The product lines being sold by Dana Corp. are not household names, but they are well-known to generations of automobile mechanics.
Raybestos brake parts, Wix filters, and Spicer chassis components - which represent the biggest chunk of the $1.1 billion deal announced yesterday - are sold primarily to repair shops rather than to do-it-yourself mechanics, according to dealers and company officials.
The products have a reputation for quality, but can be pricey, they added.
Raybestos Brakes, which was acquired by Dana as part of its 1998 purchase of Echlin Corp., are the best-selling brake replacement line in the country, said Gary Corrigan, Dana spokesman.
"I carry five or six different grades of brakes and Raybestos is the top of the line," said David Lawson, of wholesaler Pat Young Service Co. in Toledo. "But the price can be 50 percent more on some products."
Raybestos makes not only brake pads, but a full line of brake components.
Wix Filters - including air, fuel, and oil filters - also are a top seller, though they are not as big as rival Fram Filters.
NAPA and Carquest parts stores, which combined have nearly 10,000 locations nationwide, are the biggest outlets for the products. However, a large percentage of the filters made by Dana are sold under the NAPA and Carquest names. Wix and Raybestos manufacture other house-branded products for the chains.
Carquest named Wix its supplier of the year in 2003 for the third time in eight years.
"In our company, we pretty much target the customer who earns his living repairing vehicles and those are the people who demand quality," said Joe Owen, an executive with Carquest in Raleigh, N.C.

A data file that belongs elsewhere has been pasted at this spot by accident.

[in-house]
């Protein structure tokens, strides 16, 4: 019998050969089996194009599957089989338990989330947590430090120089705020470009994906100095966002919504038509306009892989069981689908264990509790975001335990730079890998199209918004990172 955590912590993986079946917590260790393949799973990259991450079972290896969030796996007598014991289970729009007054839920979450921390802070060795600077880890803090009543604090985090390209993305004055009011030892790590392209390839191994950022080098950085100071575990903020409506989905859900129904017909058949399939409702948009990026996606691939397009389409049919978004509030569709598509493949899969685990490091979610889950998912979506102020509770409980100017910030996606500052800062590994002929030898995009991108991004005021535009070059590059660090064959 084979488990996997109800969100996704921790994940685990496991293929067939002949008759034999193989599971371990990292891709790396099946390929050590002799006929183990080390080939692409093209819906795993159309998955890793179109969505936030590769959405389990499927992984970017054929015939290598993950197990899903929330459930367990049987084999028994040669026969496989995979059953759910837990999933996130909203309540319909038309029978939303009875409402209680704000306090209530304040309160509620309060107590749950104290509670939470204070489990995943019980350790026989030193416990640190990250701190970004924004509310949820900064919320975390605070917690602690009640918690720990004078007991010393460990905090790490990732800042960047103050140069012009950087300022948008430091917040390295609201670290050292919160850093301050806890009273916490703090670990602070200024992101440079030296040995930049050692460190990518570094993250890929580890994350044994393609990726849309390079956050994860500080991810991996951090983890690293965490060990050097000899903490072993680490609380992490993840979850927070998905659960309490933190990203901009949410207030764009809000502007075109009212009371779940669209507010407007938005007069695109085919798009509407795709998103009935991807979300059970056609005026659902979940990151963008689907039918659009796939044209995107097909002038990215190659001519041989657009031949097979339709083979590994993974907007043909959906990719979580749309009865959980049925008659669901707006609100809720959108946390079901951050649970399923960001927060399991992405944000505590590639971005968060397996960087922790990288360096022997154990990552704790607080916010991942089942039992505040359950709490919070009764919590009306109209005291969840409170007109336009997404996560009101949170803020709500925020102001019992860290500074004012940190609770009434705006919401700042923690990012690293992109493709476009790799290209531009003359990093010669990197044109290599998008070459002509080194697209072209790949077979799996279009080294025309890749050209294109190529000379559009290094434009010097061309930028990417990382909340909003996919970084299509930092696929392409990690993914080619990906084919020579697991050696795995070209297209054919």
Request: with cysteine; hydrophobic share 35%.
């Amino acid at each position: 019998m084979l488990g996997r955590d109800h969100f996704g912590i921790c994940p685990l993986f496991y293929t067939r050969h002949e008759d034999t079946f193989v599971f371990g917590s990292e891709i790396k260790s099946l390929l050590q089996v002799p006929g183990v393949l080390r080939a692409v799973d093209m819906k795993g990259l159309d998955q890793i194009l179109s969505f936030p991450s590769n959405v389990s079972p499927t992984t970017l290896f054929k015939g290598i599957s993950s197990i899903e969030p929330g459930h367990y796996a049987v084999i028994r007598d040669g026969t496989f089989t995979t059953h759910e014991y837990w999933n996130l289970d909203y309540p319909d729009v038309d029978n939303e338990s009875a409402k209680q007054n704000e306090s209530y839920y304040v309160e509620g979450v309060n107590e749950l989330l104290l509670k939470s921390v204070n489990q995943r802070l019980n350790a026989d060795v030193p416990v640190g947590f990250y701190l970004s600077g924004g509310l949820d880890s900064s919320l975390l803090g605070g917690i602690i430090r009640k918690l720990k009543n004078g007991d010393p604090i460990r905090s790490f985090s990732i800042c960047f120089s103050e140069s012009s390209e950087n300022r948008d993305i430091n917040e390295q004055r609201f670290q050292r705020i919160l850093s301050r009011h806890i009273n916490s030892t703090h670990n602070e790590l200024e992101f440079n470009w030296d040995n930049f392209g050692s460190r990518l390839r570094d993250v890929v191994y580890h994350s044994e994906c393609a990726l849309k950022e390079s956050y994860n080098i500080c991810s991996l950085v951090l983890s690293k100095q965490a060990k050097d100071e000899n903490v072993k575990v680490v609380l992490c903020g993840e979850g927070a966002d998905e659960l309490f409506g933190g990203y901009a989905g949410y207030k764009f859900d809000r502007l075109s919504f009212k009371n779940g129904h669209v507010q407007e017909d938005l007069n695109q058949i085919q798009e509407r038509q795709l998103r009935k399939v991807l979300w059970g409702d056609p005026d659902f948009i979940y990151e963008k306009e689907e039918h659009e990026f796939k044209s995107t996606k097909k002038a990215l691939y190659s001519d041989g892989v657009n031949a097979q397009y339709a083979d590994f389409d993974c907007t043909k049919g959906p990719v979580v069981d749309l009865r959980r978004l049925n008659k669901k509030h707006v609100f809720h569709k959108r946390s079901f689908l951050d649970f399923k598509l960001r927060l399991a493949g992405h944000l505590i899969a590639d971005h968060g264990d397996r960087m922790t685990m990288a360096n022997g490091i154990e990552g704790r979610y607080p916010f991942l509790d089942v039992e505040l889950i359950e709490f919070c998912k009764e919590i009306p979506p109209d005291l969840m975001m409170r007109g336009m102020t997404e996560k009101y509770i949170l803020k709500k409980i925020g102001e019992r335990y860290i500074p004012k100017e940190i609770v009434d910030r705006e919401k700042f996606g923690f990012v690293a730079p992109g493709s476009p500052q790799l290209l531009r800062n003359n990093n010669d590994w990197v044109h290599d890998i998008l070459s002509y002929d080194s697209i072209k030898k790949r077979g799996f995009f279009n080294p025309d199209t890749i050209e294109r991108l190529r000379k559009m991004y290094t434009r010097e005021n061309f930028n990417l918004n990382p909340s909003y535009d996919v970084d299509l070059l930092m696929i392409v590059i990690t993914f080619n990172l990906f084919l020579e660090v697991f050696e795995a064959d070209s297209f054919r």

Wix, which is based in Gastonia, N.C., was acquired by Dana about 25 years ago, according to the Toledo company's spokesman.
While sales of some replacement auto parts have slipped because parts last longer than they once did, that has not been the case with filters and brake parts. "Replacement is mileage-related and people are driving more," said Dana's Mr. Corrigan.
That is also true of the chassis parts made by Dana's Spicer Chassis components unit, which sells under that name and McQuay-Norris, he added. Portions of the unit, which is based in Mishawaka, Ind., were acquired by Dana as recently as 15 years ago, the spokesman said.
Products include ball joints, tie rod ends, and strut mounts. The unit will discontinue use of the Spicer name, which has long been associated with Dana and Toledo.
The other major portion of the deal is Dana's Beck/Arnley unit, which supplies parts made by others for import vehicles.
Sale of Dana's replacement parts businesses to Cypress Group of New York will cut into the Toledo firm's leading share of sales in the highly fragmented after-market parts sector.
Cleveland-based Freedonia Group Inc., in a 2001 study, found that Dana controls 4.8 percent of sales, behind only Goodyear Tire & Rubber Co. Dana will continue to be a major supplier to auto manufacturers.
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